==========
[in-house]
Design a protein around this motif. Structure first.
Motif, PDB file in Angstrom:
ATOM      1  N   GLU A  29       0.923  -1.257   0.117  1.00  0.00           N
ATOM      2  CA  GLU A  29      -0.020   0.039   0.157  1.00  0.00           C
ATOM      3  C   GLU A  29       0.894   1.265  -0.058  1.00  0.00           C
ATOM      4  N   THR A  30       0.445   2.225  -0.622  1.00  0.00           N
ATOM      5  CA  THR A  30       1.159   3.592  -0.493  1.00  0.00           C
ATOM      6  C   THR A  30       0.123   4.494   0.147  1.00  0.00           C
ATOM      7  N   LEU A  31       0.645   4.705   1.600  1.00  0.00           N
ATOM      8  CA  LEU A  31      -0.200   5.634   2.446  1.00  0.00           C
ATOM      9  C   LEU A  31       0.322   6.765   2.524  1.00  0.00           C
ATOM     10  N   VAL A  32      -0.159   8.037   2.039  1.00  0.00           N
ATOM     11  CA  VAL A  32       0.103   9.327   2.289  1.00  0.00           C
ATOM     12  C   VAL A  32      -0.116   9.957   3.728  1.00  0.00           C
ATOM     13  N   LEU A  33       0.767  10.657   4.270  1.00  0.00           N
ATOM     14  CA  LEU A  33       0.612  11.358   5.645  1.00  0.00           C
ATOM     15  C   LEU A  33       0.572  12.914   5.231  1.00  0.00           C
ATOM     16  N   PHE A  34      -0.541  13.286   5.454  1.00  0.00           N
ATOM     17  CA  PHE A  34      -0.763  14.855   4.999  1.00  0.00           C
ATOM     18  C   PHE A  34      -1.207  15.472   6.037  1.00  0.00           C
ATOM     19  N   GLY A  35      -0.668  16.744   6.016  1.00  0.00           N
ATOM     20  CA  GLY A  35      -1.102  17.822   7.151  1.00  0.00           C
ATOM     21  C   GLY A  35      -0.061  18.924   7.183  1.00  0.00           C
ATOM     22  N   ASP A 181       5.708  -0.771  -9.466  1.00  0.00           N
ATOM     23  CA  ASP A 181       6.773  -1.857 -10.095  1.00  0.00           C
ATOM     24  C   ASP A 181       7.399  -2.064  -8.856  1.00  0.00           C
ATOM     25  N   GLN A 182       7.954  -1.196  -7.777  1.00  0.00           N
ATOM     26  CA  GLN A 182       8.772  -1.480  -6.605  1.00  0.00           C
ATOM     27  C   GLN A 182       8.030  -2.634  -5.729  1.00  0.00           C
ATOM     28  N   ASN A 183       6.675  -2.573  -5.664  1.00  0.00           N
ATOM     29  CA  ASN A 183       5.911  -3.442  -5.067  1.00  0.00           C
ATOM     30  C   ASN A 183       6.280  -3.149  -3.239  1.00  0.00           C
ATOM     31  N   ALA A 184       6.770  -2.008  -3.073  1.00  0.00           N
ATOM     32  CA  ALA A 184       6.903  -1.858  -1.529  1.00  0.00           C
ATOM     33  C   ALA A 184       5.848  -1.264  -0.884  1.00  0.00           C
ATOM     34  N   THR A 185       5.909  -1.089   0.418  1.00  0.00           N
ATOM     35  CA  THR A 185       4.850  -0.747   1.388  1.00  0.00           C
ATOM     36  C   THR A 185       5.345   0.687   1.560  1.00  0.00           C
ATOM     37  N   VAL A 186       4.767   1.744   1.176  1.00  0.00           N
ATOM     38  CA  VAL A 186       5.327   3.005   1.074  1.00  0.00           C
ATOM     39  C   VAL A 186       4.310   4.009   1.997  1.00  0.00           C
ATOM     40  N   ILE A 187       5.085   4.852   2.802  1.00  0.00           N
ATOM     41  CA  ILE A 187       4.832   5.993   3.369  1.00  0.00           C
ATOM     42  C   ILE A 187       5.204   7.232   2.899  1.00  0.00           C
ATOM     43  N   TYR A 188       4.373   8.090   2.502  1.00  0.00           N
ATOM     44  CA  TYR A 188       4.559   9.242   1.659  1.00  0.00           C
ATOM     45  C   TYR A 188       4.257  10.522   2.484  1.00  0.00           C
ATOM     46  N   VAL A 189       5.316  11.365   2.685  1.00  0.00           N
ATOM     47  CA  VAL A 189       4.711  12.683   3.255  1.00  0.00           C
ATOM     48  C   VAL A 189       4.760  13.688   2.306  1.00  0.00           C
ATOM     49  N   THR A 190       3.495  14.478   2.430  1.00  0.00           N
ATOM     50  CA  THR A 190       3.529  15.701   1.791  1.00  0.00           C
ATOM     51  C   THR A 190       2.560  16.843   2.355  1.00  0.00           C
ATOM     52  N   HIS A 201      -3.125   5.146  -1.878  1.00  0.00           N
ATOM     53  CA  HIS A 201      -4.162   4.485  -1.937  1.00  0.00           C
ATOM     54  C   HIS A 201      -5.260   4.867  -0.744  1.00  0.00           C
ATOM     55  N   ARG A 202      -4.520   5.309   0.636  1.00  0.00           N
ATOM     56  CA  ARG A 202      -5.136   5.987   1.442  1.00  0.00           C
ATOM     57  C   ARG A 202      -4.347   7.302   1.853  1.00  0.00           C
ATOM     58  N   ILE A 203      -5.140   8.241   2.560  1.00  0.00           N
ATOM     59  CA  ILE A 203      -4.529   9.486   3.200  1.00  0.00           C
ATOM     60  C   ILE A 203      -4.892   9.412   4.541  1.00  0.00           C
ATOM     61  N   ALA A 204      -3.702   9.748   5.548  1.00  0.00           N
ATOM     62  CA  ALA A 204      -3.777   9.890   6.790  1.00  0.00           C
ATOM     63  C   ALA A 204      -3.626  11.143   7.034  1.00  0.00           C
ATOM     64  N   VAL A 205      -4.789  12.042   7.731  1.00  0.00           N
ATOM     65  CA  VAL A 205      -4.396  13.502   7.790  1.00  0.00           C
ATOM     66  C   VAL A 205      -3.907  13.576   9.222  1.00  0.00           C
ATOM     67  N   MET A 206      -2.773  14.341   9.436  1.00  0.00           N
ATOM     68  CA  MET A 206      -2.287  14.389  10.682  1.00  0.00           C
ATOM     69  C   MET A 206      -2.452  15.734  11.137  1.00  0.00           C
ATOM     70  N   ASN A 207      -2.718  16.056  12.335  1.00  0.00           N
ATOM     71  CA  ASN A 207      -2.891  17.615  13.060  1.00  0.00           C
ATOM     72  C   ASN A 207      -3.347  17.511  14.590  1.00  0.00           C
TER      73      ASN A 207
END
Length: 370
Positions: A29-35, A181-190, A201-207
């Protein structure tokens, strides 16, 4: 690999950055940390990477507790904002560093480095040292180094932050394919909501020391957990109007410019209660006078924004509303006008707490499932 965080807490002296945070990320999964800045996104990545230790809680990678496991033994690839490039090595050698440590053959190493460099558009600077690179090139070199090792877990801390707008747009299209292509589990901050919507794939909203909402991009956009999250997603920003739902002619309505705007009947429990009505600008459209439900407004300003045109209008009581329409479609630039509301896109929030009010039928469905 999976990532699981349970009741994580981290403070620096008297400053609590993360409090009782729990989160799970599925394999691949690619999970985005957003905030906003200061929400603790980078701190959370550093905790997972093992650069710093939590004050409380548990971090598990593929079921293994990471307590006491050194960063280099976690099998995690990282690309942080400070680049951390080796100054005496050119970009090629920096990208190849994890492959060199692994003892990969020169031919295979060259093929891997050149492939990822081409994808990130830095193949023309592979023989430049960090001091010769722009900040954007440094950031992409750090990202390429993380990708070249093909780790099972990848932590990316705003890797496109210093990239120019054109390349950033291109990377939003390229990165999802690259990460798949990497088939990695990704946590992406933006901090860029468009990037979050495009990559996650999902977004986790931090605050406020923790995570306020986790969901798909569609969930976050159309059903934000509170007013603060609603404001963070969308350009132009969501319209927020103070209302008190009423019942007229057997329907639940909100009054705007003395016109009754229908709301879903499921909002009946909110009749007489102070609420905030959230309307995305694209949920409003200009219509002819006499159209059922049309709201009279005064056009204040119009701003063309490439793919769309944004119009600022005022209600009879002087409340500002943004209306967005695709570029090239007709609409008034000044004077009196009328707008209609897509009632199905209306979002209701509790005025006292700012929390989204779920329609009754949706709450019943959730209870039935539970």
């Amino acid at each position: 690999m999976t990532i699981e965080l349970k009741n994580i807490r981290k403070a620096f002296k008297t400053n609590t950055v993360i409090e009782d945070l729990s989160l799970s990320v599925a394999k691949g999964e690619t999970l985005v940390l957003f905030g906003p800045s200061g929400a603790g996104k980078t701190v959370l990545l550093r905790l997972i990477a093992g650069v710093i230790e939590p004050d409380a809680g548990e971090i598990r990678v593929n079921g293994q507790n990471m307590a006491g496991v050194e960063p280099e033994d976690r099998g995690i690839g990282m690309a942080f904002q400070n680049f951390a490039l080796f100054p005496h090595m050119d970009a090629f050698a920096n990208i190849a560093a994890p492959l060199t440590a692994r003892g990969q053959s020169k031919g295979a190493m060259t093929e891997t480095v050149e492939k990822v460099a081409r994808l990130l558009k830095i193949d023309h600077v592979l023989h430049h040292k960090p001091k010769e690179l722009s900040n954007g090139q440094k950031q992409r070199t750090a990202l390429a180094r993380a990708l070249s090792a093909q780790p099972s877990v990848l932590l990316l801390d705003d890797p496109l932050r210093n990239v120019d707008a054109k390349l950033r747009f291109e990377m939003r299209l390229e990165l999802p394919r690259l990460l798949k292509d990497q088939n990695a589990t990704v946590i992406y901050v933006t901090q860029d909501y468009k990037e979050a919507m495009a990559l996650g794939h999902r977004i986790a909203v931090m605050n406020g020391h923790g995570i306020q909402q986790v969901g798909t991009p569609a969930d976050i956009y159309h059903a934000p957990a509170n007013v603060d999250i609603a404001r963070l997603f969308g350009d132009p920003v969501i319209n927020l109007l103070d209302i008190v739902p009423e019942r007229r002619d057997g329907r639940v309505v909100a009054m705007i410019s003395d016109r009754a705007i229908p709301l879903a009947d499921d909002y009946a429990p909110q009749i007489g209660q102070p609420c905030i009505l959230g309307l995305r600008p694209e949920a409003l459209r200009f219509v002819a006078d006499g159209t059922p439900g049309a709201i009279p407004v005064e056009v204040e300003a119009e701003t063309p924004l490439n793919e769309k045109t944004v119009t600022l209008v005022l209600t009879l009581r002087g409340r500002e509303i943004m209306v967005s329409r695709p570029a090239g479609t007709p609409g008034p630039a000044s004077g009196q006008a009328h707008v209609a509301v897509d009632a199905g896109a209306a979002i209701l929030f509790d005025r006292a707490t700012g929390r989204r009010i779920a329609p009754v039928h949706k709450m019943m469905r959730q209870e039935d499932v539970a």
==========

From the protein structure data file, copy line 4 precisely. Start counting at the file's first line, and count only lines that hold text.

ATOM      1  N   GLU A  29       0.923  -1.257   0.117  1.00  0.00           N